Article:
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Best of 2018 #7: First Reformed, Overlord, Isle of Dogs, The Outlaw King

7) Troy’s Pick – First Reformed

First Reformed has been on my brain since I first watched it. Literally, the film ended and I knew it was going to be a Top 10 film for me. What irks me is that I’m still not quite at the point where I can pin down what it all means. The detractors want to say it’s not the film we need right now. The supporters will say that it’s the most earnest film about personal conviction made this decade. Honestly, I believe the truth is somewhere in the middle. Give it another decade and textbooks will call it one of the decade’s defining films.

7) Daniel’s Pick – Overlord

They had my interest at “soldiers vs. Nazi zombies in World War II”. All they had to do was deliver that on a modest budget with competent execution and my expectations would have been met. Overlord is so much more than that. Bless the exploitation gods for this bountiful feast they bestowed upon us!

From the harrowing parachuting sequence that opens the pictures to the balls-to-the-wall grindhouse glory of its finale, Overlord is the kind of rip-roaring action/horror hybrid that is far too rare these days. They really don’t make them like this anymore and it has everything to do with people not bothering to support such films. That’s right, I’m calling you out! Hollywood actually made a gore-soaked, monster-filled war flick where Wyatt Russell goes full Kurt on some evil Nazi punks and you were all too good to show up for it! That’s a real shame, because it’s one of the best movies of the year.

7) Mike Flynn’s Pick – Isle of Dogs

Wes Anderson’s overdue follow-up from The Grand Budapest Hotel doubles as his equally anticipated return to animation after 2009’s Fantastic Mr. Fox. The result is a grand addition to his filmography and his first political film. Combining the likes of Kurosawa samurai yarn and dystopian sci-fi, its not-quite-futuristic Japan uses a health crisis-spurred ban on dogs to tackle the plight of Trump-era xenophobia and barbaric immigration policy.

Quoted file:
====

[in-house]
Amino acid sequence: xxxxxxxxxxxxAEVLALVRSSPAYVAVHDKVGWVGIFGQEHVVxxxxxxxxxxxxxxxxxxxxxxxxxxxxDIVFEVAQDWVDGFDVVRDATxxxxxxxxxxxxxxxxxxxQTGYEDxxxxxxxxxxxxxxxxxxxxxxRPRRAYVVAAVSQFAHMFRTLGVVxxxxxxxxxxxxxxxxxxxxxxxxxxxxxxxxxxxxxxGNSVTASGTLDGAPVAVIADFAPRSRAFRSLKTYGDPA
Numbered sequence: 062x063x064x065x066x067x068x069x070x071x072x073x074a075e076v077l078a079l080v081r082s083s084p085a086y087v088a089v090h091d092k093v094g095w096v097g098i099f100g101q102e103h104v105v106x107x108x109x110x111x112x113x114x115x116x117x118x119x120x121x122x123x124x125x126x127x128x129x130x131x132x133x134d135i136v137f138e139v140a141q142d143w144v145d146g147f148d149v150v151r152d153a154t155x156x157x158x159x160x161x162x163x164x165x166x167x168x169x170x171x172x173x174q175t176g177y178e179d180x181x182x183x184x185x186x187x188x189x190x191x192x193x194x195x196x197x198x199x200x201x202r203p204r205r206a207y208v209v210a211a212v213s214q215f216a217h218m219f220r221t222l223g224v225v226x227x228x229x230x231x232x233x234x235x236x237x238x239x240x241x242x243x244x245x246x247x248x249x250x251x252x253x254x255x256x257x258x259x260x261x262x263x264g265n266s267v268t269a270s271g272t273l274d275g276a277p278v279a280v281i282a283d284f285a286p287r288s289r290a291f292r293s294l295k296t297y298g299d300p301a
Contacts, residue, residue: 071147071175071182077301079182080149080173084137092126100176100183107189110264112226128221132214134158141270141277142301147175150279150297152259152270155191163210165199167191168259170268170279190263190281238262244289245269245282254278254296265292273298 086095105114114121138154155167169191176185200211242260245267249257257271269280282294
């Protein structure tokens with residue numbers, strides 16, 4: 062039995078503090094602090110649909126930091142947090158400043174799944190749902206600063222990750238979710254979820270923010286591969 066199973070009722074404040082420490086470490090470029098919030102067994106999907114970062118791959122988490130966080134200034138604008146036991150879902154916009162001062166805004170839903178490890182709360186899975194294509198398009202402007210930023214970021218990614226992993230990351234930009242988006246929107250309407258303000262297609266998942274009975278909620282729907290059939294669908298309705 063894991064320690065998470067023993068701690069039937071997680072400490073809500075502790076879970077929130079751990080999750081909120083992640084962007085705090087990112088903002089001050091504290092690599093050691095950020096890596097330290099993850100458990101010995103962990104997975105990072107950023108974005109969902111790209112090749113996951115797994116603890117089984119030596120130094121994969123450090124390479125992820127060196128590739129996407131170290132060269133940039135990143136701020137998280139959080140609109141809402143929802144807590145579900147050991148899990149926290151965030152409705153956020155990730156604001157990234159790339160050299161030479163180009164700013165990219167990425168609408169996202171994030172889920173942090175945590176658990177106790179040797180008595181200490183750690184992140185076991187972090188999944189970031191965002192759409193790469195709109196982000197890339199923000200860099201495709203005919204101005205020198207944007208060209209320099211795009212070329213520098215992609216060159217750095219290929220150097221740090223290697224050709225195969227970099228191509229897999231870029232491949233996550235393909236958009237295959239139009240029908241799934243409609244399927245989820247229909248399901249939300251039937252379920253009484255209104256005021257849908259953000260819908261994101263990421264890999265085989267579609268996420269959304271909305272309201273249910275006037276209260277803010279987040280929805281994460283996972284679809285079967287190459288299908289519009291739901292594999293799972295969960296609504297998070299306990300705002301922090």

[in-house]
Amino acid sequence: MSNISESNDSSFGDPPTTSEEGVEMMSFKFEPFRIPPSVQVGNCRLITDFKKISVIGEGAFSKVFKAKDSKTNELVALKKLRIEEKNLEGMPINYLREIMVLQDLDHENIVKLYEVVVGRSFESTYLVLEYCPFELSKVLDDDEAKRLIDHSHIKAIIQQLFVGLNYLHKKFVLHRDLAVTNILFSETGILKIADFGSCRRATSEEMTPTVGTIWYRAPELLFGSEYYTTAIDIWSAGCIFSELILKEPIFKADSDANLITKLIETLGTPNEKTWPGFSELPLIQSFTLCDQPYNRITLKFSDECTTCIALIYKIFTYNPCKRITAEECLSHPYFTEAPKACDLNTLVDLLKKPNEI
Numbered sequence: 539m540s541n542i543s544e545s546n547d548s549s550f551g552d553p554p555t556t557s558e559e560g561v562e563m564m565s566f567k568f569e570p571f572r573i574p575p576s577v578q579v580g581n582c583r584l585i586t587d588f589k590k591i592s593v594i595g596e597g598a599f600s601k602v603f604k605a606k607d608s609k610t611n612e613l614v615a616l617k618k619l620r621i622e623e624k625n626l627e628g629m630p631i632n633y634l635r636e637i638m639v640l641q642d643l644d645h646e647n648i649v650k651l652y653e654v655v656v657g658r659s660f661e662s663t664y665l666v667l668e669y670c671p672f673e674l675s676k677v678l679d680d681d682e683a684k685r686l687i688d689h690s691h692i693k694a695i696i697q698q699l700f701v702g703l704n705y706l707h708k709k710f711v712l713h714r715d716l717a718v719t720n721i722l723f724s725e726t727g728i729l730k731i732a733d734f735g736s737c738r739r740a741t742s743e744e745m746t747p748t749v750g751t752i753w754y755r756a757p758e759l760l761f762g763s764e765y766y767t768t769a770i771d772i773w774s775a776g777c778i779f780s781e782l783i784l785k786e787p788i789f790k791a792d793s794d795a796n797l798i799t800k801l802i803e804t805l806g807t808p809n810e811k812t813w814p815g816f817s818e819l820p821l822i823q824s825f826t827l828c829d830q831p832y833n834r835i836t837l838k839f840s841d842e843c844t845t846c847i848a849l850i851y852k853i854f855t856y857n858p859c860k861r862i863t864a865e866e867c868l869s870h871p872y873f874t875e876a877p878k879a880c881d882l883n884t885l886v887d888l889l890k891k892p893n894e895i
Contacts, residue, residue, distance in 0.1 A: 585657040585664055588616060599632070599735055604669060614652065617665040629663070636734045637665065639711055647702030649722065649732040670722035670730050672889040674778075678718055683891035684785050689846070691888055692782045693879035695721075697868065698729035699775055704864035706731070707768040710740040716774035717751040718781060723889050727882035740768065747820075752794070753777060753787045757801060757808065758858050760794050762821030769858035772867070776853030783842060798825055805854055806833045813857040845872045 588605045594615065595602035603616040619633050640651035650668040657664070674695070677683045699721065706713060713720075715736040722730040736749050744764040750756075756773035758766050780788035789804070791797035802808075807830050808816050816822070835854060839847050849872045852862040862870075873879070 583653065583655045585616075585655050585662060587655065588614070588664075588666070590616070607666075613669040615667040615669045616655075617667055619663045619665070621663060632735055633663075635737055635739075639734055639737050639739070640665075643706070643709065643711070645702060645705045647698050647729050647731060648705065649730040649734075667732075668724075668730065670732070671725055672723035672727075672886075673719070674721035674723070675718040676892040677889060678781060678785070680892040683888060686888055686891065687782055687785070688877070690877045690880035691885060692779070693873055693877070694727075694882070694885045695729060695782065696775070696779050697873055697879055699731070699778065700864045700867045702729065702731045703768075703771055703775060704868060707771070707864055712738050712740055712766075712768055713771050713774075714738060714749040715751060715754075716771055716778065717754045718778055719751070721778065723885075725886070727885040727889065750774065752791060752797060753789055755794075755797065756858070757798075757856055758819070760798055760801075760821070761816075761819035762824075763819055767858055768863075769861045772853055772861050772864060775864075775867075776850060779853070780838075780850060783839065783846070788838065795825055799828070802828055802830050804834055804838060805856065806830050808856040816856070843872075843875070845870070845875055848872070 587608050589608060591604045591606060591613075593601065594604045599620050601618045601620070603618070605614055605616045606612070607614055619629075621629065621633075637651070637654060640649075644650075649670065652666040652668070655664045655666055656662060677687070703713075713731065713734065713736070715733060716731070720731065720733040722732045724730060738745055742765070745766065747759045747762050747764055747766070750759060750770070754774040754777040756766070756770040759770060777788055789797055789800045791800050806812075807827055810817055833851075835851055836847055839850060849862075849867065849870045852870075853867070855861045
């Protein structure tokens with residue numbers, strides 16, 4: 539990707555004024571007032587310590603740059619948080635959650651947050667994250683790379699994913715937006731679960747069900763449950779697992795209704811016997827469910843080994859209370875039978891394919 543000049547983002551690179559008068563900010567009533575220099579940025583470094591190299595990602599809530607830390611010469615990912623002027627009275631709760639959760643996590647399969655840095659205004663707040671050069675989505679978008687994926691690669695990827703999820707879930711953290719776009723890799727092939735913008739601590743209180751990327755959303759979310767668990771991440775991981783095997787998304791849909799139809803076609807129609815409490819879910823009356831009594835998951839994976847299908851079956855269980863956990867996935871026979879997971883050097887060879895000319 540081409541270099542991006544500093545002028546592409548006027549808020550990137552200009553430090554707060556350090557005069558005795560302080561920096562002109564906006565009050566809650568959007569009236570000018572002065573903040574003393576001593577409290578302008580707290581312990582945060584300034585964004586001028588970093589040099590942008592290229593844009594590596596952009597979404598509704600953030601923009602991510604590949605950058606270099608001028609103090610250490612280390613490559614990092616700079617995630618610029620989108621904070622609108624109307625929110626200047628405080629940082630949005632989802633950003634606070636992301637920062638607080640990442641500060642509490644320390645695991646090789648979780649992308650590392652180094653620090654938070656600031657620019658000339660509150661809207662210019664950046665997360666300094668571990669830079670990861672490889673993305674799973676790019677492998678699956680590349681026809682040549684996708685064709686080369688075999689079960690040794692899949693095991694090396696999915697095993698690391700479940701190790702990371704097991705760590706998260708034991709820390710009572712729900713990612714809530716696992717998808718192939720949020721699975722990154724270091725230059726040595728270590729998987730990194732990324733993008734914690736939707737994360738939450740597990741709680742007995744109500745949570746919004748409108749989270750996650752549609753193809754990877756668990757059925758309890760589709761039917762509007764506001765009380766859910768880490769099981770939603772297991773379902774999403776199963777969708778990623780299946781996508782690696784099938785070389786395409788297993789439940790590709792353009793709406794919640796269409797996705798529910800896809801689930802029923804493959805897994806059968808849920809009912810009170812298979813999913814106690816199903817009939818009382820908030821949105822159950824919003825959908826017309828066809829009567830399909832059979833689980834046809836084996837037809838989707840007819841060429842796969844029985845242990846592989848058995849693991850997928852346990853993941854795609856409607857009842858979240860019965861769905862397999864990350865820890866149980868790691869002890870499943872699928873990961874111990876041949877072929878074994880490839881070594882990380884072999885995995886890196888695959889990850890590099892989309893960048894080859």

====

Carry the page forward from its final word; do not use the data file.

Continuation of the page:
The docile, neurotic canines of Isle of Dogs aren’t far removed from the heightened reality that Anderson’s best films come alive in. Bill Murray and Jeff Goldblum play dogs almost exactly how you would imagine they would. Edward Norton, playing the anxious new resident of Trash Island, carries on the zany heart that Anderson found in the actor’s intensity in previous collaborations. The same applies to Bryan Cranston, an unlikely addition to the repertory as the weary resistance leader on the prison island.

Isle of Dogs succeeds on multiple levels—as allegory, adventure, and a love letter to Japanese culture and cinema. Most noteworthy, however, is the way it takes unexpectedly dark turns like most of Anderson’s films, but fans of The Royal Tenenbaums will sigh in relief at the end. If you’ve seen it, you probably know what I’m referring to.

7) Jamie’s Pick – The Outlaw King

Jamie likes Netflix. Jamie hates Netflix. Jamie and Spielberg connected on Friendster. Spielberg still won’t make Tintin 2, but the duo has a Girl’s Night to watch The Outlaw King.

First Reformed Outlaw King Isle of Dogs Overlord

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